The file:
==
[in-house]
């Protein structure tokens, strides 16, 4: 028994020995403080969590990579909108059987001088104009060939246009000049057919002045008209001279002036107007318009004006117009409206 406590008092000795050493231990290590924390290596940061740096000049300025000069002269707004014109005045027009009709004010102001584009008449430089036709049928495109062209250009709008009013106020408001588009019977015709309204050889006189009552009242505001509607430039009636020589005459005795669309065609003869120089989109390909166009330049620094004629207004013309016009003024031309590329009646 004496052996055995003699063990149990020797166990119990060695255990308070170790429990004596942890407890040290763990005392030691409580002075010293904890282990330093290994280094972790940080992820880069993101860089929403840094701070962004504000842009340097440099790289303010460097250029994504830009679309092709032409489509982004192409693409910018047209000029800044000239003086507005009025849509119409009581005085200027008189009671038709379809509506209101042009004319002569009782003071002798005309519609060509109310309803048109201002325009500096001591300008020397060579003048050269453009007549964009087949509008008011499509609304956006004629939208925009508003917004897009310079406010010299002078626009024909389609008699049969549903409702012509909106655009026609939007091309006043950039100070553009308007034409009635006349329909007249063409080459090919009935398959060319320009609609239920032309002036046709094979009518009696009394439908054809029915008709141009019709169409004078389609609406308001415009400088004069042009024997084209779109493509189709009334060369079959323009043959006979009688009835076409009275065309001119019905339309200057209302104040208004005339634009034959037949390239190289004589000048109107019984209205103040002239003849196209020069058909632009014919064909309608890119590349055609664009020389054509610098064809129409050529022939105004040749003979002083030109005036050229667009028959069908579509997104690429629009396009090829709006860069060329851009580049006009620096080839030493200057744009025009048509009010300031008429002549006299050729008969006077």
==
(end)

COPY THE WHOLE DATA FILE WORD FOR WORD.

[in-house]
């Protein structure tokens, strides 16, 4: 028994020995403080969590990579909108059987001088104009060939246009000049057919002045008209001279002036107007318009004006117009409206 406590008092000795050493231990290590924390290596940061740096000049300025000069002269707004014109005045027009009709004010102001584009008449430089036709049928495109062209250009709008009013106020408001588009019977015709309204050889006189009552009242505001509607430039009636020589005459005795669309065609003869120089989109390909166009330049620094004629207004013309016009003024031309590329009646 004496052996055995003699063990149990020797166990119990060695255990308070170790429990004596942890407890040290763990005392030691409580002075010293904890282990330093290994280094972790940080992820880069993101860089929403840094701070962004504000842009340097440099790289303010460097250029994504830009679309092709032409489509982004192409693409910018047209000029800044000239003086507005009025849509119409009581005085200027008189009671038709379809509506209101042009004319002569009782003071002798005309519609060509109310309803048109201002325009500096001591300008020397060579003048050269453009007549964009087949509008008011499509609304956006004629939208925009508003917004897009310079406010010299002078626009024909389609008699049969549903409702012509909106655009026609939007091309006043950039100070553009308007034409009635006349329909007249063409080459090919009935398959060319320009609609239920032309002036046709094979009518009696009394439908054809029915008709141009019709169409004078389609609406308001415009400088004069042009024997084209779109493509189709009334060369079959323009043959006979009688009835076409009275065309001119019905339309200057209302104040208004005339634009034959037949390239190289004589000048109107019984209205103040002239003849196209020069058909632009014919064909309608890119590349055609664009020389054509610098064809129409050529022939105004040749003979002083030109005036050229667009028959069908579509997104690429629009396009090829709006860069060329851009580049006009620096080839030493200057744009025009048509009010300031008429002549006299050729008969006077």